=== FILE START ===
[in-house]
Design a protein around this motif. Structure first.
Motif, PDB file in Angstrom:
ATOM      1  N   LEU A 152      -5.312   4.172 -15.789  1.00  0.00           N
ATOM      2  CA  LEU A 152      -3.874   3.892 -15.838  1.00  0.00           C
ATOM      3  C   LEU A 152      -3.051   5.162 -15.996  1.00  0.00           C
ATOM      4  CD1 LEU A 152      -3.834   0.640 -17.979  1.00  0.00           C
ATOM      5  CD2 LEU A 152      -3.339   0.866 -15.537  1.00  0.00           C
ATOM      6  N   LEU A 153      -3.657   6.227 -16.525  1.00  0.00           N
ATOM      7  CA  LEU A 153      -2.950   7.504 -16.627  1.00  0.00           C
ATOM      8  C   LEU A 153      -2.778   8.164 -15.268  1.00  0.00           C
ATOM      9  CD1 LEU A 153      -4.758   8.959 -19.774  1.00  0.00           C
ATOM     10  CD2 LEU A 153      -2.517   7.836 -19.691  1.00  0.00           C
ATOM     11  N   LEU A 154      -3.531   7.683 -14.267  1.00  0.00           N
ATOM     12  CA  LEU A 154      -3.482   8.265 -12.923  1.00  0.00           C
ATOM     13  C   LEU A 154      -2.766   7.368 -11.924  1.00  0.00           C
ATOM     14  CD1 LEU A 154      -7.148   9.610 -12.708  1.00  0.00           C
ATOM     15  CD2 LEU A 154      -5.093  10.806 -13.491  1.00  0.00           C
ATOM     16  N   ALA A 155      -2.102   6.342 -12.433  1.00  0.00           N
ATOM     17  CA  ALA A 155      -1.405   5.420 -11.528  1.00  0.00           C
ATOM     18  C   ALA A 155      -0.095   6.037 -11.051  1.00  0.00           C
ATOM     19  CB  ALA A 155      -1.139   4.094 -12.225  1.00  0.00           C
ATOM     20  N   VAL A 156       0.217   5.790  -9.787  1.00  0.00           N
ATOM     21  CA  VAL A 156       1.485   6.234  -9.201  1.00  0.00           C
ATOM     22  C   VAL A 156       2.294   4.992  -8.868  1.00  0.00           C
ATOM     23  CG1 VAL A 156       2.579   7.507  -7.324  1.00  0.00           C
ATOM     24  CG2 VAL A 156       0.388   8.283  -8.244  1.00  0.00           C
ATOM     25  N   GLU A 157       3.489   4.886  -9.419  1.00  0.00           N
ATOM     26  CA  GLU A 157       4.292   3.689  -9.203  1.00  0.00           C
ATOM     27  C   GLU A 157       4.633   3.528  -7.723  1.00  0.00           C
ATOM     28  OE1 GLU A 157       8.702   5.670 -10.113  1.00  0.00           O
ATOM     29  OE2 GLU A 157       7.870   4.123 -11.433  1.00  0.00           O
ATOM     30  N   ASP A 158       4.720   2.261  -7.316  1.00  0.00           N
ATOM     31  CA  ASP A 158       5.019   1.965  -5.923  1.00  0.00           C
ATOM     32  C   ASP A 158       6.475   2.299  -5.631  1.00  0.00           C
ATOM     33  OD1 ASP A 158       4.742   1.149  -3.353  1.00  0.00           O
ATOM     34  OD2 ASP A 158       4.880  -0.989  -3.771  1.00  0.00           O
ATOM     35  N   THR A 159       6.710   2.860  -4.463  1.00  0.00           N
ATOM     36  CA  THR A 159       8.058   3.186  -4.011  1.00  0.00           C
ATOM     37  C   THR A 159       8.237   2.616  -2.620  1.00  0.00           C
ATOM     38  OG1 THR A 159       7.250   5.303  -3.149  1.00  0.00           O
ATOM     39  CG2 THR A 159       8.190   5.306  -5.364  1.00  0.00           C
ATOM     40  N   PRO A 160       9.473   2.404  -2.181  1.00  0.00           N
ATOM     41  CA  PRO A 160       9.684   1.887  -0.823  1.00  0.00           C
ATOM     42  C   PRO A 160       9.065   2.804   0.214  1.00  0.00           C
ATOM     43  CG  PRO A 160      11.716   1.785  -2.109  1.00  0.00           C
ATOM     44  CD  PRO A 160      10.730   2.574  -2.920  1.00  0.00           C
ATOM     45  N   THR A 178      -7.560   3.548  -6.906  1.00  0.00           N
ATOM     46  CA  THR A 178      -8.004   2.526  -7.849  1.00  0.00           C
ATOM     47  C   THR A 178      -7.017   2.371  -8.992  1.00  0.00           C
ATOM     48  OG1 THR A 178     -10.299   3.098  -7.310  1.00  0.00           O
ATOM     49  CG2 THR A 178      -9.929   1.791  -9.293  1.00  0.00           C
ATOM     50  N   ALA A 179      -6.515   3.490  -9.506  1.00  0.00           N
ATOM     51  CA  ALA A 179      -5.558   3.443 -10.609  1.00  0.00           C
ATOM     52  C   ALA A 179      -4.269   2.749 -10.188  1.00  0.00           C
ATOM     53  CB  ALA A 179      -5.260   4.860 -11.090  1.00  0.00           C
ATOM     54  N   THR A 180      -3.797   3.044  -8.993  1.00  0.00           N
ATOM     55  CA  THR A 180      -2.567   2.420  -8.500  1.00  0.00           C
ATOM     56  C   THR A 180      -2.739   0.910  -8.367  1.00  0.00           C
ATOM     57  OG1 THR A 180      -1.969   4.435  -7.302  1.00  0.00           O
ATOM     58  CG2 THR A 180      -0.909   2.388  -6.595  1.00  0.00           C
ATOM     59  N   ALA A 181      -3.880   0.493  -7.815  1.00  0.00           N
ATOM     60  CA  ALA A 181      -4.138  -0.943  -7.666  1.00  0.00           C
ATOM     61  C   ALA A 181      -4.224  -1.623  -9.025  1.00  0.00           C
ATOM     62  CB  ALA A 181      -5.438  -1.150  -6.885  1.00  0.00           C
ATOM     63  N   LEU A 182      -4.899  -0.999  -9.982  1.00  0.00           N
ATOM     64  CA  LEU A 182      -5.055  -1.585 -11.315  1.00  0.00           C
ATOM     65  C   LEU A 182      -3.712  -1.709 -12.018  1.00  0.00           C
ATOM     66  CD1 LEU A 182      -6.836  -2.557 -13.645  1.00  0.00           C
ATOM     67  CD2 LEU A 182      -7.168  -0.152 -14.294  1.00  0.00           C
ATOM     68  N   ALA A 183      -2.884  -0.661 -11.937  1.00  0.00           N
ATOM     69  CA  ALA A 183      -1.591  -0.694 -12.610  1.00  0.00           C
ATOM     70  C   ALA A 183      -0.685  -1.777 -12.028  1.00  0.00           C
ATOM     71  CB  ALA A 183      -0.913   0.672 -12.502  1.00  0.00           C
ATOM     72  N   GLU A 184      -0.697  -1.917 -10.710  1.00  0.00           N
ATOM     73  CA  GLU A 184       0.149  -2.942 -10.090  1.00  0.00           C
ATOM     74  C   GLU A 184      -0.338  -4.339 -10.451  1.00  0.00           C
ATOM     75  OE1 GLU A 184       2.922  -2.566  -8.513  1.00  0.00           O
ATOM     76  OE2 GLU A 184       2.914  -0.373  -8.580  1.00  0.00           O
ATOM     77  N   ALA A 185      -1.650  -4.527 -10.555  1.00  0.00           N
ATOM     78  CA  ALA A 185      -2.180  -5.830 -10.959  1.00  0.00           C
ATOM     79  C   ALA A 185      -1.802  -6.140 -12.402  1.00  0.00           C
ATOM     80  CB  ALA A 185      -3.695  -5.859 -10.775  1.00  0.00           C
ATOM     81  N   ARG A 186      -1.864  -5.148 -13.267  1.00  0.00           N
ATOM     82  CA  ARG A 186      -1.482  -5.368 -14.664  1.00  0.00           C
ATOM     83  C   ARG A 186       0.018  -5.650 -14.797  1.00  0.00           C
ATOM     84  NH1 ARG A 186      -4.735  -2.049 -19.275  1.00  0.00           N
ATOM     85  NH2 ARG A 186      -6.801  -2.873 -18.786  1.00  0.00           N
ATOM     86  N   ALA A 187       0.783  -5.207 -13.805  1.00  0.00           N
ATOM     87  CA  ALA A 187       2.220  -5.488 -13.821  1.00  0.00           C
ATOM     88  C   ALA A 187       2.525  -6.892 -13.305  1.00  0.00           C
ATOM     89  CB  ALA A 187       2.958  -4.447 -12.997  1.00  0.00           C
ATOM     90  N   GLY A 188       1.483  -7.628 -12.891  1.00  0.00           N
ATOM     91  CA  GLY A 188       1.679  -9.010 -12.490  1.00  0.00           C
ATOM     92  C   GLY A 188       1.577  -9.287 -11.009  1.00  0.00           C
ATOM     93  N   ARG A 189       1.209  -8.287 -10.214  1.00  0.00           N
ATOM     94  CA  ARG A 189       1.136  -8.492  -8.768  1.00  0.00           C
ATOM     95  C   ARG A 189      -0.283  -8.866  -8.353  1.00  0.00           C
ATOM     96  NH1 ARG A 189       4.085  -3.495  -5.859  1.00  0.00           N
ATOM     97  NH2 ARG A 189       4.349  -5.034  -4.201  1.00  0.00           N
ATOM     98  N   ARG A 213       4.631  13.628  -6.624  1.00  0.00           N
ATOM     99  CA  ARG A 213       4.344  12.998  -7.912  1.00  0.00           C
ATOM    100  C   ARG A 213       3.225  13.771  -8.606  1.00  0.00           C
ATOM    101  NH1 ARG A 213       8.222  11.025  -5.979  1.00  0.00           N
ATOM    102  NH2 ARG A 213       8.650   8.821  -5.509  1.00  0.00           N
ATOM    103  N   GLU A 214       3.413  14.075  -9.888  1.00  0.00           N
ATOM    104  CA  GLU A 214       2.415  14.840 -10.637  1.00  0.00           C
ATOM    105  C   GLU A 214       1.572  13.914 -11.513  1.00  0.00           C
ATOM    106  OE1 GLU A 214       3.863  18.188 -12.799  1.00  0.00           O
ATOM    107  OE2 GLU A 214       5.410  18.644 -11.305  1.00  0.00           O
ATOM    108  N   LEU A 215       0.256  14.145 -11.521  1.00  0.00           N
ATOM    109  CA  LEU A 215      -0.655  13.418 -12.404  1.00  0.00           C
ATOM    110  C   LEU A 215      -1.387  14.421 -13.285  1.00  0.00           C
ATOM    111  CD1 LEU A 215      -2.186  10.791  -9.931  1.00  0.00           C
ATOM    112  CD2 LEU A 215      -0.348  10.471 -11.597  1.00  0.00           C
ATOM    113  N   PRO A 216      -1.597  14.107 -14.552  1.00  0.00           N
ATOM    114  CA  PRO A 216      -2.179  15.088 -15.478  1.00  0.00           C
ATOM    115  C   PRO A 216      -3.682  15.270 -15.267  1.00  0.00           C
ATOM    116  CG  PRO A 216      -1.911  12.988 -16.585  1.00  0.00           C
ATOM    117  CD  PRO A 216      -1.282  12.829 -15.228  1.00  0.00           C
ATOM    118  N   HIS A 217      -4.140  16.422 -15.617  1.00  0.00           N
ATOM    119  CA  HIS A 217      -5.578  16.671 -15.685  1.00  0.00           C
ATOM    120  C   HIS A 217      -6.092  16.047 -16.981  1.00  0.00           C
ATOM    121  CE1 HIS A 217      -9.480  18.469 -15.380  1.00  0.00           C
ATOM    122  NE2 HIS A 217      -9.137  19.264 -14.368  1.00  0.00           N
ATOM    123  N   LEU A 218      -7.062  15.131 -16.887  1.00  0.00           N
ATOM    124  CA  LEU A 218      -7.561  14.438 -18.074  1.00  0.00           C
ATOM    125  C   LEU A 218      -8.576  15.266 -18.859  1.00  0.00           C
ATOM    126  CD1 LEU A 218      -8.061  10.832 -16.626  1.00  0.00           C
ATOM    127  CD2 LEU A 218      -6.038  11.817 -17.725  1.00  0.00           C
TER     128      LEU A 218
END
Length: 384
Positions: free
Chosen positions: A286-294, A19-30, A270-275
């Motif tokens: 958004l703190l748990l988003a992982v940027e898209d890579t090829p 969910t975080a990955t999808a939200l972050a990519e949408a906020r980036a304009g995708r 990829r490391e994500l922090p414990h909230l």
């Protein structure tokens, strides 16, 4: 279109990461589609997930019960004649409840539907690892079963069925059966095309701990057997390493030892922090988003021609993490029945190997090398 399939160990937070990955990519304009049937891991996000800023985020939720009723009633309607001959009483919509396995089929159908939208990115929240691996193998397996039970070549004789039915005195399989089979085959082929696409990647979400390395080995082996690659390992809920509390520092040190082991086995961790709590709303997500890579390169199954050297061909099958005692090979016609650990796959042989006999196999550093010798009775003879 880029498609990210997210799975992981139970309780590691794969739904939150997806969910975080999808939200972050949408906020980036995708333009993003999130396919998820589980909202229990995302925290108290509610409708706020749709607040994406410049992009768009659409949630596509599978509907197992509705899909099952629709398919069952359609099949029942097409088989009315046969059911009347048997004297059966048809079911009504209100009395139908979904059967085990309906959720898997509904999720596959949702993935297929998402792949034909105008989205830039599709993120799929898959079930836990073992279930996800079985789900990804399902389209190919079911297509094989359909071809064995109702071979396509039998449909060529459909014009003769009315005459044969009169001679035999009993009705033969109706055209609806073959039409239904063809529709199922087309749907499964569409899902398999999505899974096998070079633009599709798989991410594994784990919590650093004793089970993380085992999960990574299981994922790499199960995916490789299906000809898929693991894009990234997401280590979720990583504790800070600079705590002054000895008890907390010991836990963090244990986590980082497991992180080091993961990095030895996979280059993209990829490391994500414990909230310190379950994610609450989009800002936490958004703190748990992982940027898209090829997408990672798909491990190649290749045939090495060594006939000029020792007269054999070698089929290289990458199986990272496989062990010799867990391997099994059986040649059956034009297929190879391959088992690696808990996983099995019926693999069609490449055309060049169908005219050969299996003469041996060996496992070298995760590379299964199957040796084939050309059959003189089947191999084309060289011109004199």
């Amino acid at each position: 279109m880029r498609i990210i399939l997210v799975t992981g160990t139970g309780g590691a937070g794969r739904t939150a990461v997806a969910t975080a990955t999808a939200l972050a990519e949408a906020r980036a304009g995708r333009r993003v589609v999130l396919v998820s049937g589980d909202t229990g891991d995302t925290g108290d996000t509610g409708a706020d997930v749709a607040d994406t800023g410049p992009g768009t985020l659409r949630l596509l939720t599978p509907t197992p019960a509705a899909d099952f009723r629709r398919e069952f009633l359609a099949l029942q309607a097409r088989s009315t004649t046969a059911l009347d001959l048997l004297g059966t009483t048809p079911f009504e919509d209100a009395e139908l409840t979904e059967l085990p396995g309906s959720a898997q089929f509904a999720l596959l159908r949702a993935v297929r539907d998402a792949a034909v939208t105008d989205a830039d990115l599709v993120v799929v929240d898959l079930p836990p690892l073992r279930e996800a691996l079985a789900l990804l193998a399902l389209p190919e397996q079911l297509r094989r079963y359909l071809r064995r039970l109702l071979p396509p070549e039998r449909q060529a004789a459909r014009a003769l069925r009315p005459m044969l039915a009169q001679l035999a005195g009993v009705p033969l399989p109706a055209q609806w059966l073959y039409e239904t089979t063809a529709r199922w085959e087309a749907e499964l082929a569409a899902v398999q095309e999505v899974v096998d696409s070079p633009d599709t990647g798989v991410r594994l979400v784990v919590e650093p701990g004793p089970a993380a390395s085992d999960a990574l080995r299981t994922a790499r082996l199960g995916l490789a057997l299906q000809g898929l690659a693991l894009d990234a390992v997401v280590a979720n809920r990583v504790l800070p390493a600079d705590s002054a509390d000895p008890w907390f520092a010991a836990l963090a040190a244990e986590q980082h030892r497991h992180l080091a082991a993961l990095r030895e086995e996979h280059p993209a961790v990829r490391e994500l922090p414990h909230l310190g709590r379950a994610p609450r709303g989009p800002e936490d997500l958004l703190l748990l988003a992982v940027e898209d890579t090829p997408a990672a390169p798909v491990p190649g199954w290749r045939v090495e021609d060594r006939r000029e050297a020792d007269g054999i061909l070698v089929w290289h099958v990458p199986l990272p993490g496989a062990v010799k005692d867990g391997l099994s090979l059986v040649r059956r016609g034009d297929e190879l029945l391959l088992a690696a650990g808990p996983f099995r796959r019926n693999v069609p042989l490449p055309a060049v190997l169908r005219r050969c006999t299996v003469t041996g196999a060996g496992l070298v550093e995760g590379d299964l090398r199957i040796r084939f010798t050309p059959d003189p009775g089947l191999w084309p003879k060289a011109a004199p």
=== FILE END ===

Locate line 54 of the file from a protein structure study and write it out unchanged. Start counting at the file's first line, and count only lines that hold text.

ATOM     51  CA  ALA A 179      -5.558   3.443 -10.609  1.00  0.00           C